The values of the treated classification items should be ranked according to the value of classification criterion in monotonically decreasing string. Typically, items of class A represent about 5–10% of the total number of items; approximately next 15% of items correspond to the group B and the rest of the items belong to the group C. The items of class A are the most significant in the treated issue respecting the classification criteria. In treated problem of suppliers’ selection, ABC method may be deployed for determining optimal portfolio of suppliers (classified A group of suppliers). Optimal portfolio of suppliers should be ranked in order to propose optimal purchasing strategy through building potential partnership with the best ranked suppliers. Optimal portfolio of suppliers may be ranked by applying different supplier selection models [23]. Amongst many methodologies, ELECTRE may be seen as a proven asset for multicriteria decision analysis finding applications in wide scientific fields [24]. When the issue of supplier selection is in focus, the determination of preference of alternatives may be set as a group decision making problem [25]. ELECTRE method may be used for dealing with multicriteria decision problems such as determination of master contractor when there are several subcontractors [26]. In this case, index of preference is modified and it is calculated as a product of fuzzy triangular numbers. ELECTRE may be modified in way that the value of criteria for each supplier may be assessed by three decision makers whose assessments are modelled by fuzzy numbers [27]. In this proposed fuzzy ELECTRE, Hamming distance is used for comparing the suppliers on the treated criteria.

In compliance with the results of good practice, it may be noticed that the evaluation criteria used for the supplier selection often do not have the same relative importance. The relative importance does not depend on supplier and it is not subordinated to change over time. Usually decision makers deliver better opinions by using linguistic expressions than precise numbers. It may be suggested that it is closer to human thinking to compare relative importance of each pair of criteria than to perform direct assessment. Respecting these facts, many authors determine relative importance through the fuzzy AHP framework [28]. Handling of uncertainties may be performed by using extent analysis [29].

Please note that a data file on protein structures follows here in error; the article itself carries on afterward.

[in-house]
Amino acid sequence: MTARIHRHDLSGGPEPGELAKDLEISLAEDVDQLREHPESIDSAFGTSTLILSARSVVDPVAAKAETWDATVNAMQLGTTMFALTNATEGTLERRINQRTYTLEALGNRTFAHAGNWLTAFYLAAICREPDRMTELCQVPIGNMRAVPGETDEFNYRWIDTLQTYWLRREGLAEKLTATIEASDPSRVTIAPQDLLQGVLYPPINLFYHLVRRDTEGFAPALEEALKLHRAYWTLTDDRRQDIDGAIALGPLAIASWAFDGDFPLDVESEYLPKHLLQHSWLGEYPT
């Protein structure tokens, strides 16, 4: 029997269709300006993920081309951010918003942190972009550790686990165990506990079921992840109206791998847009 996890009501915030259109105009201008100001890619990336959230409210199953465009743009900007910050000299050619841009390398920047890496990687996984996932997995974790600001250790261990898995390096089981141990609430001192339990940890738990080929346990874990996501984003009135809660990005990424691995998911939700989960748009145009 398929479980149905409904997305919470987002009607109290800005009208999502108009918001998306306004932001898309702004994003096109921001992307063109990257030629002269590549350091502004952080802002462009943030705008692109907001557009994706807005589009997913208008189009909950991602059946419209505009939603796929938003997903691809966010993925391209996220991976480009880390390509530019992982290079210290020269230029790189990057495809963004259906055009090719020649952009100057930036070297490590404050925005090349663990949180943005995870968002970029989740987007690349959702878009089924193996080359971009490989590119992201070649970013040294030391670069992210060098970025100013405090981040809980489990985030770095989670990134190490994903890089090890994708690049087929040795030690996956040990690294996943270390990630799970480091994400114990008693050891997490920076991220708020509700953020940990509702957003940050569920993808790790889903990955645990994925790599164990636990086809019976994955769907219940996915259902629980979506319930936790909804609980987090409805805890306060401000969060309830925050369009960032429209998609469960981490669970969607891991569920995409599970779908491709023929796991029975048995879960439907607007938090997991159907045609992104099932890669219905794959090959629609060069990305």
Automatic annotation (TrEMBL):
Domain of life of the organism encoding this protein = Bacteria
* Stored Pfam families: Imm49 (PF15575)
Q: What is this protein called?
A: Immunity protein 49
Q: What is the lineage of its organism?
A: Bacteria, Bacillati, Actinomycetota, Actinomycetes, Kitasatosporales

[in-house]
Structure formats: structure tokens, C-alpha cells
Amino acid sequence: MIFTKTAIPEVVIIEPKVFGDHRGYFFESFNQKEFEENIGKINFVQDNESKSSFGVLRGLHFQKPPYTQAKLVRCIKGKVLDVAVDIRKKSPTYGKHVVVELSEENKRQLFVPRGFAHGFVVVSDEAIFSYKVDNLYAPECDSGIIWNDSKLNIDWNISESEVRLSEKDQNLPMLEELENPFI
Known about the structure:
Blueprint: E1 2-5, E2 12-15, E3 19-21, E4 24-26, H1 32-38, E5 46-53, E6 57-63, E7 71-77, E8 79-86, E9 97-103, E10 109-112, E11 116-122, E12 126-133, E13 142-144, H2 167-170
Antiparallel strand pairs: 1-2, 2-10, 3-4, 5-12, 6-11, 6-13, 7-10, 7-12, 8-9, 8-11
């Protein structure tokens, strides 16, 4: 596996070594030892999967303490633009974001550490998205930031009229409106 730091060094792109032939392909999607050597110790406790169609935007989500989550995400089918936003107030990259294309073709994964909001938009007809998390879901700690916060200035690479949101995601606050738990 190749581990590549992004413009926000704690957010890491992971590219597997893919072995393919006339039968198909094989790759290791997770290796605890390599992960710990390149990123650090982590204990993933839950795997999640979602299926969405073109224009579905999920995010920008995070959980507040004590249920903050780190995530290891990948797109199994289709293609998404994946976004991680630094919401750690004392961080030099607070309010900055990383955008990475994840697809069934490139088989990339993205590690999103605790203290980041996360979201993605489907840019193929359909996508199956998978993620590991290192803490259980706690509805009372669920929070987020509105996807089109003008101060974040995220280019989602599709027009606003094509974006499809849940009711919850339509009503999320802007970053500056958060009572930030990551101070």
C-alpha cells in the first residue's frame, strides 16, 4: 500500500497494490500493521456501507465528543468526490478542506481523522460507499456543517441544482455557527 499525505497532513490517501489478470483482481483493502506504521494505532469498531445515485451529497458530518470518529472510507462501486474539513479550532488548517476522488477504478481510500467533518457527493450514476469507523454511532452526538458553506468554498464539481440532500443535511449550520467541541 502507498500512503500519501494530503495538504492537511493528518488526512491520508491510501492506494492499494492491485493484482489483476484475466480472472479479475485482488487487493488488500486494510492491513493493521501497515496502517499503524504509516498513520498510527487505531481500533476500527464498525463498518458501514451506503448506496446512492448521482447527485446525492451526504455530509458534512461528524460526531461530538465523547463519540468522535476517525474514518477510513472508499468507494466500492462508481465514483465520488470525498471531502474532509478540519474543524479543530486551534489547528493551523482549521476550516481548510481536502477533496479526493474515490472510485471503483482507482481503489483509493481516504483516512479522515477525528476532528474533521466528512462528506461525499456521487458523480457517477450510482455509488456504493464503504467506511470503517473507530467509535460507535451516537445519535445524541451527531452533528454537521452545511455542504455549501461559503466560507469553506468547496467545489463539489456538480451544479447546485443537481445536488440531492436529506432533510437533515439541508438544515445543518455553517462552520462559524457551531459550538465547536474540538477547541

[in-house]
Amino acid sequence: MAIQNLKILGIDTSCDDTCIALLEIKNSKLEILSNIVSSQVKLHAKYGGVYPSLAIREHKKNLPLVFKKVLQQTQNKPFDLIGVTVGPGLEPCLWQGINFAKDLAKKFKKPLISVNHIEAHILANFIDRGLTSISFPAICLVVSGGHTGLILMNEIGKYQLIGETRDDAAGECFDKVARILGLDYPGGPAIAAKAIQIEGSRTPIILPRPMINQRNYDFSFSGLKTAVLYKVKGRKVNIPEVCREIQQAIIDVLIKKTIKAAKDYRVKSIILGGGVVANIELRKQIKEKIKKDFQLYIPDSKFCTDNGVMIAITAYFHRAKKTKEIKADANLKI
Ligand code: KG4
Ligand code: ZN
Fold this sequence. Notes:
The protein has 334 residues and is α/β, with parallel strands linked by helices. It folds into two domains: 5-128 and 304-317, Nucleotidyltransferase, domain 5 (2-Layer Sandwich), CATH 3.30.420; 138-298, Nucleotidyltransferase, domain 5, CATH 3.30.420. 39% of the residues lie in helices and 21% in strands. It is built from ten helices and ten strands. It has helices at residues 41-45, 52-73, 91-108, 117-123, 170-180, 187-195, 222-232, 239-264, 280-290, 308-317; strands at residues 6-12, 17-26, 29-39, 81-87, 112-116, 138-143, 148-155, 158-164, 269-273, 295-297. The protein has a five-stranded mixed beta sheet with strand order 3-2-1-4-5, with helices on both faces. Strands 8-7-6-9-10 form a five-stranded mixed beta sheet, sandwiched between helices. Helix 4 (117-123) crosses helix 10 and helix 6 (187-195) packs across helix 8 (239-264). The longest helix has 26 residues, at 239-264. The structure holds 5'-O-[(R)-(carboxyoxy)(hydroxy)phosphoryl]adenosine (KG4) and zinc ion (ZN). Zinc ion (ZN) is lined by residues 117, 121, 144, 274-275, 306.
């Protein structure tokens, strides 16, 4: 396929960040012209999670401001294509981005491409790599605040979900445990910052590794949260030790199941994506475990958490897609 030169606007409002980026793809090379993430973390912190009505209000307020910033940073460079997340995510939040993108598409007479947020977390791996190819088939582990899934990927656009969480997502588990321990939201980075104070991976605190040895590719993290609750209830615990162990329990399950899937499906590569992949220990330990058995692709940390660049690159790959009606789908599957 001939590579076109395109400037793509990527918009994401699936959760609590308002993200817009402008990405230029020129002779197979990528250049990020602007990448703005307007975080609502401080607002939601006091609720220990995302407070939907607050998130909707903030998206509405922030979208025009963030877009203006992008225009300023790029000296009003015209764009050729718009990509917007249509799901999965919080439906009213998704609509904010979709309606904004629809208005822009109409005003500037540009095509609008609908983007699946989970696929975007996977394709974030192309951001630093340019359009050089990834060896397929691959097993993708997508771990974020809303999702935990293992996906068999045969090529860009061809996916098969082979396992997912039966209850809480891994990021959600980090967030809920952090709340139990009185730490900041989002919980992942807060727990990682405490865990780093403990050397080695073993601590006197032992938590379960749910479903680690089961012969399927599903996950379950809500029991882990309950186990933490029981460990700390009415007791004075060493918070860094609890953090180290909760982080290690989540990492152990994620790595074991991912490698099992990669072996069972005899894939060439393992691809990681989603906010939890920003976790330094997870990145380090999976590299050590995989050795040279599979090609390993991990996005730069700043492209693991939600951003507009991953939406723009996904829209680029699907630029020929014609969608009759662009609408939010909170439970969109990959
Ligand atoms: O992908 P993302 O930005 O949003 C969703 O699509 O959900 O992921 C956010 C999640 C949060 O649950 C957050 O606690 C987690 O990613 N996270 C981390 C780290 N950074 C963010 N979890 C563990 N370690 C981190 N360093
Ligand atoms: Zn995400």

3. Evaluation Framework and Modelling of Uncertainties

Step 1. Potential suppliers may be formally presented as a set of indices where is the total number of suppliers and is the index of the possible supplier. In this case, a set of suppliers is defined according to results of good practice.

Step 2. Evaluation criteria are presented by set of indices , where is the total number of criteria and is index of criterion. The number and type of criteria are defined by the management team based on the experience, the results of benchmarking, and current information about suppliers which are presented in reports.

Step 3. Management team of the enterprise is formally presented by set of indices , where is the total number of the decision makers and is the index of decision maker. In the considered problem, the management team of treated enterprise which exists within the global supply chain consisted of purchasing manager, main manager, plant manager, and financial manager. It may be assumed that the decision makers have different importance for evaluation and selection of suppliers’ problem. The decision maker’s weight is denoted as , . These weights are given with respect to the results of good practice. For considered problem, the weights of decision makers are 0.3, 0.3, 0.2, and 0.2, respectively.